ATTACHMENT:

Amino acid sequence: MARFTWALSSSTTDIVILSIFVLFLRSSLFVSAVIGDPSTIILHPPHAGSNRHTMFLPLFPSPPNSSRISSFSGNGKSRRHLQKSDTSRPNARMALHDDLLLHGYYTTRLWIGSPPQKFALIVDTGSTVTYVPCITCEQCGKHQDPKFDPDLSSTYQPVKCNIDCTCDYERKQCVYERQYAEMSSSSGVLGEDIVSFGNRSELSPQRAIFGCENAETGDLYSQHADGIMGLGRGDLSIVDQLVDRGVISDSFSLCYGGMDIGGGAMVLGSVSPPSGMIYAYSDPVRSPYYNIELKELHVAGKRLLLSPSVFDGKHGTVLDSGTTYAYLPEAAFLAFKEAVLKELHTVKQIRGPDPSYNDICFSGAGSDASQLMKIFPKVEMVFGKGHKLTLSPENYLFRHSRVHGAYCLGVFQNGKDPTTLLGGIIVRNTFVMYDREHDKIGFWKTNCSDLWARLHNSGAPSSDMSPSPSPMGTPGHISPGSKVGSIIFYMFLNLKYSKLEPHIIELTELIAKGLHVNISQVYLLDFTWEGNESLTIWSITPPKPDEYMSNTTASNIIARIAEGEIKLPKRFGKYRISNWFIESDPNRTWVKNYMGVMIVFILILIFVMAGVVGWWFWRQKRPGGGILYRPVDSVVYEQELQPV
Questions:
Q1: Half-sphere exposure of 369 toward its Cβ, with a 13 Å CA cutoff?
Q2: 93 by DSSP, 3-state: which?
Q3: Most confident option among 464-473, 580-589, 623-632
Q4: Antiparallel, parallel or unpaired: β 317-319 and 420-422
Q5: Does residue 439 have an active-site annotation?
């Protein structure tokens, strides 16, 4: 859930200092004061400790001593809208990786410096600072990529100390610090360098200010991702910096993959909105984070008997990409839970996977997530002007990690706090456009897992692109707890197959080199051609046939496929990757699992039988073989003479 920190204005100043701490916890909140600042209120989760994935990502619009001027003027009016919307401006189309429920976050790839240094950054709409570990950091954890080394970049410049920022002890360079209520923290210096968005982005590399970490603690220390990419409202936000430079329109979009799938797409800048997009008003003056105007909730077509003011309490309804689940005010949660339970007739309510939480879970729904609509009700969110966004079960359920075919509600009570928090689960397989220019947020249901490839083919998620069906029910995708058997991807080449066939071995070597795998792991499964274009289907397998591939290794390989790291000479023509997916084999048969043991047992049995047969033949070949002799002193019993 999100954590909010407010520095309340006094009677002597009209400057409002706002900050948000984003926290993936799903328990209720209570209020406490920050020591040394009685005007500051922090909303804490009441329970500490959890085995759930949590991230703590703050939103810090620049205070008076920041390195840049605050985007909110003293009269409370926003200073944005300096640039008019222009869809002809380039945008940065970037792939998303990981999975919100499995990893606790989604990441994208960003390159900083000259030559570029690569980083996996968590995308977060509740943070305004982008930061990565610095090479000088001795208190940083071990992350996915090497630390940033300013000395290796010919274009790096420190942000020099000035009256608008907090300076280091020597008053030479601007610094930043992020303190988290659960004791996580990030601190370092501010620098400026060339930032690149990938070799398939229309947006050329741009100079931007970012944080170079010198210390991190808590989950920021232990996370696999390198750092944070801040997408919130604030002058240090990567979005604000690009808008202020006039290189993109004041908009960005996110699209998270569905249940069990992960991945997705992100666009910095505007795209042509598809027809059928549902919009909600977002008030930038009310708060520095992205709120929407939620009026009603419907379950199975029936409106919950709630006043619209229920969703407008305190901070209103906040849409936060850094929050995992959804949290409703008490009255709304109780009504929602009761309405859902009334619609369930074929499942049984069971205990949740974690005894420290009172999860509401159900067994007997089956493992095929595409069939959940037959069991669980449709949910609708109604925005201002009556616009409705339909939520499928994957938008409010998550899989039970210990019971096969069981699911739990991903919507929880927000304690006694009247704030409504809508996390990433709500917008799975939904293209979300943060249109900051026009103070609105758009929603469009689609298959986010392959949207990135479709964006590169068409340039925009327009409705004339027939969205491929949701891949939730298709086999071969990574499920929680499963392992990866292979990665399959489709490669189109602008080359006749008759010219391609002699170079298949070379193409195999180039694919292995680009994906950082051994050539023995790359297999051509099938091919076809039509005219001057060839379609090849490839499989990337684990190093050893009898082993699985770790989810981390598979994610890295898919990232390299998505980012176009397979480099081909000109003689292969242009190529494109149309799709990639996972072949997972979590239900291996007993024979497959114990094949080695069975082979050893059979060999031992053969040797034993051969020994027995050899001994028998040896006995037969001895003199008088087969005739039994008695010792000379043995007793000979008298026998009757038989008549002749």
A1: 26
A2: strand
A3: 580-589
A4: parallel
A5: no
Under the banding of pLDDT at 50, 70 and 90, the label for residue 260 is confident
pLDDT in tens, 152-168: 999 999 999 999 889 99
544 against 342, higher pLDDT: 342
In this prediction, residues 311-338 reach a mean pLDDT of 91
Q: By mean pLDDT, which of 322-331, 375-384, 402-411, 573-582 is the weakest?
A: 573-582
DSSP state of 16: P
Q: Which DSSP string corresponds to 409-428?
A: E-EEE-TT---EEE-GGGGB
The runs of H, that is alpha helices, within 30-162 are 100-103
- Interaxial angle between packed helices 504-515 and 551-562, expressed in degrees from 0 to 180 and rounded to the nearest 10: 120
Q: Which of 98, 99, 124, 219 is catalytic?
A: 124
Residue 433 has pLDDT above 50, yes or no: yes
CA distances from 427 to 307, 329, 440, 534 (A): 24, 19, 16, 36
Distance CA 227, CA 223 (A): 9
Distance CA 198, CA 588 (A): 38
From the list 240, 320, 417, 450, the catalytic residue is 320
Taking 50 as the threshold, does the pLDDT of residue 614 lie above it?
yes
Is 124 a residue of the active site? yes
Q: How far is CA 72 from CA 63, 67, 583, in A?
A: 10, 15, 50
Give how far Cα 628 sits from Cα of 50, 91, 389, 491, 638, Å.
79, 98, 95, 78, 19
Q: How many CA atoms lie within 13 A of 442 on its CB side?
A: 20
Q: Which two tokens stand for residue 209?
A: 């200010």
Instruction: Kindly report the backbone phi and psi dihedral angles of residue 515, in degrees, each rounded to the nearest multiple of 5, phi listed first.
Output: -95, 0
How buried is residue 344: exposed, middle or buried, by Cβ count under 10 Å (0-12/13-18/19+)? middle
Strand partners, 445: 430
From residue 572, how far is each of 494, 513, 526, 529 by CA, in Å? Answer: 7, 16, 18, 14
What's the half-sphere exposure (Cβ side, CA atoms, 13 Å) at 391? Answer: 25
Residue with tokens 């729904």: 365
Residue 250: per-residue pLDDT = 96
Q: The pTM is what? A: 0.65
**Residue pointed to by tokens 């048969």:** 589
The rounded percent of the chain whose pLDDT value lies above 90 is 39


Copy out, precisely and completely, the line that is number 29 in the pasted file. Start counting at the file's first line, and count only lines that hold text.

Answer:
Distance CA 227, CA 223 (A): 9